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Found 5 results

  1. An investigation was underway on Friday night after the personal data of up to 44 million British consumers was feared stolen by hackers in a massive cyber attack. The information commissioner said it was investigating how the hack on Equifax, a US credit rating firm, affected UK customers, many of whom will be unaware their data is held by the company. Equifax and its UK subsidiary companies state on their websites that they represent British clients including BT, Capital One and British Gas. There are fears that customers of these companies could now be affected. BT said that "many companies in the UK" used Equifax services and said that it was "monitoring the situation closely". The Information Commissioner's Office (ICO) has urged Equifax to alert affected UK customers as soon as possible, and said it will work with the relevant overseas authorities on behalf of British citizens. http://www.telegraph.co.uk/technology/2017/09/08/equifax-hack-britons-data-watchdog-investigates-ukimpact-major/
  2. An investigation was underway on Friday night after the personal data of up to 44 million British consumers was feared stolen by hackers in a massive cyber attack. The information commissioner said it was investigating how the hack on Equifax, a US credit rating firm, affected UK customers, many of whom will be unaware their data is held by the company. Equifax and its UK subsidiary companies state on their websites that they represent British clients including BT, Capital One and British Gas. There are fears that customers of these companies could now be affected. BT said that "many companies in the UK" used Equifax services and said that it was "monitoring the situation closely". The Information Commissioner's Office (ICO) has urged Equifax to alert affected UK customers as soon as possible, and said it will work with the relevant overseas authorities on behalf of British citizens. http://www.telegraph.co.uk/technology/2017/09/08/equifax-hack-britons-data-watchdog-investigates-ukimpact-major/
  3. In many countries borrowers can fix their mortgage rate for decades. The Bank of England wants the UK to follow. In many parts of the world, house buyers can rest assured that their mortgage rates won’t change for decades. Now British lenders are coming under renewed pressure to introduce deals that fix rates for 25 years. This would provide certainty around future repayments and may even help make the property market more stable. Interest rates are expected to rise towards the end of this year or in early 2015. However, some experts are predicting earlier rises after unemployment data published this week showed unemployment fell to 7.1pc. This is just 0.1 of a percentage point above the level where the Bank of England said it would begin considering raising interest rates, although the Bank has dropped heavy hints that a rise is not imminent. There are fears that when rates do go up, many borrowers who have short-term fixes or variable rate mortgages could struggle to afford the higher repayments. Earlier this month the Bank of England said home owners faced a “real risk of exposure to rising interest rates” in the coming years, which could be removed by “locking in” mortgage rates. Richard Sharp, an external member of the Bank’s Financial Policy Committee, said: “Certainly, the structure of the UK would have lower risk associated with the housing market if more mortgages were fixed, and fixed for longer.” More: http://www.telegraph.co.uk/finance/personalfinance/borrowing/mortgages/10594494/Why-Britons-cant-have-40-year-fixed-rate-mortgages.html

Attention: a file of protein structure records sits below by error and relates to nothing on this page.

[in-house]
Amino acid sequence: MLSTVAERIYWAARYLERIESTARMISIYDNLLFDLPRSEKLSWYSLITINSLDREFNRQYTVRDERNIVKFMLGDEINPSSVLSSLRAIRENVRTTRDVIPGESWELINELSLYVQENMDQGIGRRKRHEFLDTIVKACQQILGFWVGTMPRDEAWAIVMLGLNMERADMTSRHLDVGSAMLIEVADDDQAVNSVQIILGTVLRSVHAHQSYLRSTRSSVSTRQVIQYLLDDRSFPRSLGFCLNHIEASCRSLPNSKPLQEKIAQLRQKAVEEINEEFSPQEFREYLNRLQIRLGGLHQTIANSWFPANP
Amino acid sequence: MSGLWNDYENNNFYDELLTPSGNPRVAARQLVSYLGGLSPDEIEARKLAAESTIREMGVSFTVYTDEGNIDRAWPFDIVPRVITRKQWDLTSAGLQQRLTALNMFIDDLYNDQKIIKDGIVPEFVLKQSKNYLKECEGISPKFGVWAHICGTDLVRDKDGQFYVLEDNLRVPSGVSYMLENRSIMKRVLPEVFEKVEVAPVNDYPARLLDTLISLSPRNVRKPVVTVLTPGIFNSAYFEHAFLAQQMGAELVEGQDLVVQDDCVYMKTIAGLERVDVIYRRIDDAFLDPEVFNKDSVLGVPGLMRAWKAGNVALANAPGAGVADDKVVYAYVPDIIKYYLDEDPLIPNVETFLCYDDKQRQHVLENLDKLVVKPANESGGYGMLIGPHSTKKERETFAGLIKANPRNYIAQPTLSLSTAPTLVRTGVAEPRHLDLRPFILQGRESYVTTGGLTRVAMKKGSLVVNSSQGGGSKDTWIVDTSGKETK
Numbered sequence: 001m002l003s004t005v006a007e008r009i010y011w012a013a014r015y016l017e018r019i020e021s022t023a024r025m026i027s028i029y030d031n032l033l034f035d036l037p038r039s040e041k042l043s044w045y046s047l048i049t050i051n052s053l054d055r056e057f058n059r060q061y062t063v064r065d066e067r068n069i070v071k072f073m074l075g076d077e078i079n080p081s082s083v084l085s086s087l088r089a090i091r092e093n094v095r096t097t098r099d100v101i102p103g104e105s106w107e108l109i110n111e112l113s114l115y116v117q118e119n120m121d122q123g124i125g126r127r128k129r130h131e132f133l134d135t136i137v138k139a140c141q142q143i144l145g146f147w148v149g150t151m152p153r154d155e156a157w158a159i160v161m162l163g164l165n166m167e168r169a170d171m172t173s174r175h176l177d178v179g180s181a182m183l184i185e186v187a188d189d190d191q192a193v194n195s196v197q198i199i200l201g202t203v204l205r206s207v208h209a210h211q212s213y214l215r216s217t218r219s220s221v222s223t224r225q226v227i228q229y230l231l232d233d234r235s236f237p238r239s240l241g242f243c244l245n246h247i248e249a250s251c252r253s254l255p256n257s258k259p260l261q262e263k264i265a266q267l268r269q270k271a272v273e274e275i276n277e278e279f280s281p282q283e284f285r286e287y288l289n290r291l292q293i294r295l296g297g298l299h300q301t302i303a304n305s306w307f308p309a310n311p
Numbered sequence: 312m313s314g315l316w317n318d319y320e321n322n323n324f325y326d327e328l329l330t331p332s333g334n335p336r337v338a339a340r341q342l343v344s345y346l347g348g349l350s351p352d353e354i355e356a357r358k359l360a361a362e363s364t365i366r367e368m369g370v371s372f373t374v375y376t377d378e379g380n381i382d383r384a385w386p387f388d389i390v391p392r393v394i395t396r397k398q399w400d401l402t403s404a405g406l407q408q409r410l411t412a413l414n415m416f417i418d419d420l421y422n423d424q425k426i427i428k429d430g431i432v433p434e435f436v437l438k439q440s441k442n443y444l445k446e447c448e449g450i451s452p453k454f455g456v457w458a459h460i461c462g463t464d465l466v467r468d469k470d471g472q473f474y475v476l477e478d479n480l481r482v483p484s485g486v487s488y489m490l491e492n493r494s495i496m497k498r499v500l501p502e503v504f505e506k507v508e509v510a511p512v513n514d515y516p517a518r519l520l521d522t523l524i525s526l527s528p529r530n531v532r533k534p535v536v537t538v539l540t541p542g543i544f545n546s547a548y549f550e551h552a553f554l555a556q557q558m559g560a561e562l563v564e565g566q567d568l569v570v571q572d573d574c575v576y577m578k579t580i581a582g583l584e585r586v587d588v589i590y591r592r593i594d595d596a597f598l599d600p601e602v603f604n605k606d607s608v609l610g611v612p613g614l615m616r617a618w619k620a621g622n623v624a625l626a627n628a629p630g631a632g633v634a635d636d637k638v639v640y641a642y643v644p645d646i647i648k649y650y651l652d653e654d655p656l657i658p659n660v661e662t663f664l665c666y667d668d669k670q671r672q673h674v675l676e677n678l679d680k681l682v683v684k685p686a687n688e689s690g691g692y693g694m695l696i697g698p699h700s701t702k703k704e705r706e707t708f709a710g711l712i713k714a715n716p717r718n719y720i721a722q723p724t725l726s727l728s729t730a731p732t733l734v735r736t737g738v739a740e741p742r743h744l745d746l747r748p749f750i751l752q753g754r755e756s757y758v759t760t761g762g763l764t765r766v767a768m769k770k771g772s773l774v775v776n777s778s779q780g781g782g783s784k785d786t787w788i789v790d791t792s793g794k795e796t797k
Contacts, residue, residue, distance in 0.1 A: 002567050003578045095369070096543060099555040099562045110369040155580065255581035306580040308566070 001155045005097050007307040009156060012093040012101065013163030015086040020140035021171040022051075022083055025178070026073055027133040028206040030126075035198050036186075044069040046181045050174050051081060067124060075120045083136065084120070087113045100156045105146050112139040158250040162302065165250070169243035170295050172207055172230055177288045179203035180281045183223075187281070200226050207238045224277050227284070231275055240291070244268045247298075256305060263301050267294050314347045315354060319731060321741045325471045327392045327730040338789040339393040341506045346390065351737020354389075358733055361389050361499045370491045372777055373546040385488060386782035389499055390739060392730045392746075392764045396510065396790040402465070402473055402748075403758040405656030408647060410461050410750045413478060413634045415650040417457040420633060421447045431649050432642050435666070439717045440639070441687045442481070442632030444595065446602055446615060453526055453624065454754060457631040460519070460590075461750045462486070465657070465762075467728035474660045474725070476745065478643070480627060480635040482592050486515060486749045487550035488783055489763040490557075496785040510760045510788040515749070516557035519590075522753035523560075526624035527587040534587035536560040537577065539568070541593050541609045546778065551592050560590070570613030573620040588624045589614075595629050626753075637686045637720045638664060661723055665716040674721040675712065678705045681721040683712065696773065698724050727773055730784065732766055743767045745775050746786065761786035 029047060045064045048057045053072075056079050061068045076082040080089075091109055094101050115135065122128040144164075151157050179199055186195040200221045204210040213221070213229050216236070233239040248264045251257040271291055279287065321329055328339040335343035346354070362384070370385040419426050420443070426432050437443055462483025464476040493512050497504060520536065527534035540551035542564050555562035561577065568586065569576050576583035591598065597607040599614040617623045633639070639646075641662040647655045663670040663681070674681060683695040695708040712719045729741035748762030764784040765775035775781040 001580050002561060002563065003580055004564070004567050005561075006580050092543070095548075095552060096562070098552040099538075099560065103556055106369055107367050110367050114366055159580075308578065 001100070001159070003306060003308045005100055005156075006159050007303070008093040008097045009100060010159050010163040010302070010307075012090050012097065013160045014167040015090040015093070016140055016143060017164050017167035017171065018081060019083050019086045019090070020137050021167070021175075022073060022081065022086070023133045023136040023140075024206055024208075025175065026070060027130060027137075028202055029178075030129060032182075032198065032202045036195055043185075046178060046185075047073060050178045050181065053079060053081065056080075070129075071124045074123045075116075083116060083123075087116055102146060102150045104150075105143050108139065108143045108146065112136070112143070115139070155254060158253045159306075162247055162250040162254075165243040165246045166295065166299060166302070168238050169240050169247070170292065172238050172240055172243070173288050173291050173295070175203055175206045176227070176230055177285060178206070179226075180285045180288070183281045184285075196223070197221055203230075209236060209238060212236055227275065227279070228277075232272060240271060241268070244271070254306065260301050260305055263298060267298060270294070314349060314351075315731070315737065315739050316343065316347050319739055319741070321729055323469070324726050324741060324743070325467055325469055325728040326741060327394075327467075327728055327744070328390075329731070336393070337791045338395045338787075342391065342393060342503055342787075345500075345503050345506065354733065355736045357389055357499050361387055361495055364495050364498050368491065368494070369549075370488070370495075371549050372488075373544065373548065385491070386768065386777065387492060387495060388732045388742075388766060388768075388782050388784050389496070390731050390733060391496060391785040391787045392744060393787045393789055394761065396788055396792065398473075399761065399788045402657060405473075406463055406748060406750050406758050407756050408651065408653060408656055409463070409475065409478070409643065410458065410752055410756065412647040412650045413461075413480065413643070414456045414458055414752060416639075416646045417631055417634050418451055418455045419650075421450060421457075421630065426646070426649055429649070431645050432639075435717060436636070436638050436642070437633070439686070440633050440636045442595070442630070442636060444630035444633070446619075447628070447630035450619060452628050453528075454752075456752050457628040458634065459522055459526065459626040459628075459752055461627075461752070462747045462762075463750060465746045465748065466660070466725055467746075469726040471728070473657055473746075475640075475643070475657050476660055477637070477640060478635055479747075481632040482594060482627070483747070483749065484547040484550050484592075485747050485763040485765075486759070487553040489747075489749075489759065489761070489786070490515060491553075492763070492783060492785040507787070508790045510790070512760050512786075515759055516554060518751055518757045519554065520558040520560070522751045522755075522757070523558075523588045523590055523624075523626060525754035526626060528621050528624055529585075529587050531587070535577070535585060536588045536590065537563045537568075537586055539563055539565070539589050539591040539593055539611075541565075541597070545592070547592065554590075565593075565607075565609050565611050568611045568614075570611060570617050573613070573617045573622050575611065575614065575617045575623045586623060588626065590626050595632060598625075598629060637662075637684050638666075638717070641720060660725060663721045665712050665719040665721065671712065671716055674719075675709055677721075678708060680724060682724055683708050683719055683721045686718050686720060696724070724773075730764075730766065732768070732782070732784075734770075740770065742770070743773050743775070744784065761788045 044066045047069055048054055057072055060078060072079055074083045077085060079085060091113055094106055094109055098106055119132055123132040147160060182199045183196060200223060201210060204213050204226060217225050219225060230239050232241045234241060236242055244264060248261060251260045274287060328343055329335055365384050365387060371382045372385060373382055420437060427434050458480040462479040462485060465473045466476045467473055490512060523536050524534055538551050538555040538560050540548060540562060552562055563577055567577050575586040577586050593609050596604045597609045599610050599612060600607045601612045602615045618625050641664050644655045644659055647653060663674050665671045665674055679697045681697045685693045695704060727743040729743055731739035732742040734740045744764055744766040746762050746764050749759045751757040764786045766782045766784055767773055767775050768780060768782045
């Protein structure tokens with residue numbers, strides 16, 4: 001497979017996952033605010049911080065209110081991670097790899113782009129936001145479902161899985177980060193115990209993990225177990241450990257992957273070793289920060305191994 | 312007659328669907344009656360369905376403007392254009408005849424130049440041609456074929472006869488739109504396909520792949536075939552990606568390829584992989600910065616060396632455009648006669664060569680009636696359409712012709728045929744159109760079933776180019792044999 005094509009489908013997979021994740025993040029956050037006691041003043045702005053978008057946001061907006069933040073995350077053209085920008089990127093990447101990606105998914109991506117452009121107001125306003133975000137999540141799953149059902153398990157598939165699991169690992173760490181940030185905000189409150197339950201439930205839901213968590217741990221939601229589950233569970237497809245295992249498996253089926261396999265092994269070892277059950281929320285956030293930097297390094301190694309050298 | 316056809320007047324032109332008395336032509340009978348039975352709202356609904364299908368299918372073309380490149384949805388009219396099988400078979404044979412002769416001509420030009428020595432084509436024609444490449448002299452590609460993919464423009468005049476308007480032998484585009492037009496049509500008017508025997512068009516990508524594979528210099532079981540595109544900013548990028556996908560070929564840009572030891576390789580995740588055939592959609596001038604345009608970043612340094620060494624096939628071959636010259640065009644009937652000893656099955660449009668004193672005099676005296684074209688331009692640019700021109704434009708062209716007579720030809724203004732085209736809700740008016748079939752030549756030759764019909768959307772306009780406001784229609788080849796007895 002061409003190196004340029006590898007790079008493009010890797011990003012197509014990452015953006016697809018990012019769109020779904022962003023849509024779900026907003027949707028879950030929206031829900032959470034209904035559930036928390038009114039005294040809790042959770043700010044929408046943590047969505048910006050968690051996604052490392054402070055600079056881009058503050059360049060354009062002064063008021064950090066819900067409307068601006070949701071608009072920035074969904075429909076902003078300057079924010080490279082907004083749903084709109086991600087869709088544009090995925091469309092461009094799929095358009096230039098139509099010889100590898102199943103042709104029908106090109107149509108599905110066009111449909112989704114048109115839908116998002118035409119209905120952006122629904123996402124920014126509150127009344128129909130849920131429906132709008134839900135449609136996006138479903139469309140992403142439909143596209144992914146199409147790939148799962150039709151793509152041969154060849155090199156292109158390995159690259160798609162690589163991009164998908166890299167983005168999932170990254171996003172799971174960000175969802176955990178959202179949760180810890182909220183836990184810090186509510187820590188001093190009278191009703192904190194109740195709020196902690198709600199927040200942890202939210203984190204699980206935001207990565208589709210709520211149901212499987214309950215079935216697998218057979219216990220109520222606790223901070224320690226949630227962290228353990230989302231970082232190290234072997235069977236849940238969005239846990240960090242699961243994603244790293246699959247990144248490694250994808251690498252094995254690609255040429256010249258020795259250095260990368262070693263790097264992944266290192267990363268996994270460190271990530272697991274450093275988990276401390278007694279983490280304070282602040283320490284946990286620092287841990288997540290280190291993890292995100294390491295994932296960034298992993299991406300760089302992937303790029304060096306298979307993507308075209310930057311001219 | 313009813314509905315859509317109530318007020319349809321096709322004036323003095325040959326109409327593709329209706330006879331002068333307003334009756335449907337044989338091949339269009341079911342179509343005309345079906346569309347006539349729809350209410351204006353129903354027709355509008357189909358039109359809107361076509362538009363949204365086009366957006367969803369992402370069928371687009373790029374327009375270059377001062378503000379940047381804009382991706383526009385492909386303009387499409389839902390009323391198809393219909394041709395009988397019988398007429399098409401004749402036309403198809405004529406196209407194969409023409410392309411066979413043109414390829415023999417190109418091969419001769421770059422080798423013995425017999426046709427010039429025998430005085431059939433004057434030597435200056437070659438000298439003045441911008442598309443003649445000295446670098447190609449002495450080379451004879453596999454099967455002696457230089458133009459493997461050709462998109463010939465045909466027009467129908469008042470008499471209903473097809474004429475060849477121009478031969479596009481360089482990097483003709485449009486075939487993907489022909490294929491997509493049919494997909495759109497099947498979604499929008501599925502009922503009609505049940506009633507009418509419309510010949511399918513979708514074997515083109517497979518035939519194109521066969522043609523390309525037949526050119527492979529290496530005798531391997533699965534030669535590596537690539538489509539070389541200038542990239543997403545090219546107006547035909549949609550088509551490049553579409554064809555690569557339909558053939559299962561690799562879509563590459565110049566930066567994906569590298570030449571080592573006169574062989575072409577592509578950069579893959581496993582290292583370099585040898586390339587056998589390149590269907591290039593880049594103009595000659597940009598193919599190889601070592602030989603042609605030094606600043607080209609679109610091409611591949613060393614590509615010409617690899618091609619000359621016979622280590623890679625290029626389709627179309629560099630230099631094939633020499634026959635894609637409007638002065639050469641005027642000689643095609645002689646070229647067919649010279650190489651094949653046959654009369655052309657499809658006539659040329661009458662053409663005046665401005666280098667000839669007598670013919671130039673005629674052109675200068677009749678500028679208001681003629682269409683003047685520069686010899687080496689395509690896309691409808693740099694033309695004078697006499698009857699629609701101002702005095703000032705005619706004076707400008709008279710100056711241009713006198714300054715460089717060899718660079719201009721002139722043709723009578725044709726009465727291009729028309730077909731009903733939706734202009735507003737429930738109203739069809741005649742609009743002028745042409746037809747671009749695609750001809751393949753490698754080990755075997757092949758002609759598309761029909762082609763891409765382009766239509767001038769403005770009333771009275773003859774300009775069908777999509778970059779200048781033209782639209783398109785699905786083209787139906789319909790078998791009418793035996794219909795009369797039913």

4. Customers have been warned that a proposed change in European Union rules may force banks to introduce annual charges of £11 on debit cards and £25 on credit cards. The European Commission last year produced a Green Paper suggesting that "interchange fees", those imposed on retailers by the transaction firms Mastercard and Visa, should be capped or banned in order to improve transparency. Those plans are expected to be published as a firm proposal later this month. But opponents have argued that it would force banks to pass the cost on to customers. Telegraph Money reported earlier this year that perks on credit cards, such as cashback, could be axed or eroded, and fees might be introduced. A new report released on Tuesday, commisioned by Mastercard, estimated that the loss to card issuers could be £2.4bn with £2.2bn of savings for large retailers but with "no evidence that these savings are passed on to the consumer in lower prices". It said that as a result cardholder fees would "rise by up to £11 for debit cards and £25 for credit cards". The report by consultancy Europe Economics was produced with academics at the University of Essex. More: http://www.telegraph.co.uk/finance/personalfinance/borrowing/creditcards/10153653/EU-rule-could-force-11-debit-card-charge-on-Britons.html
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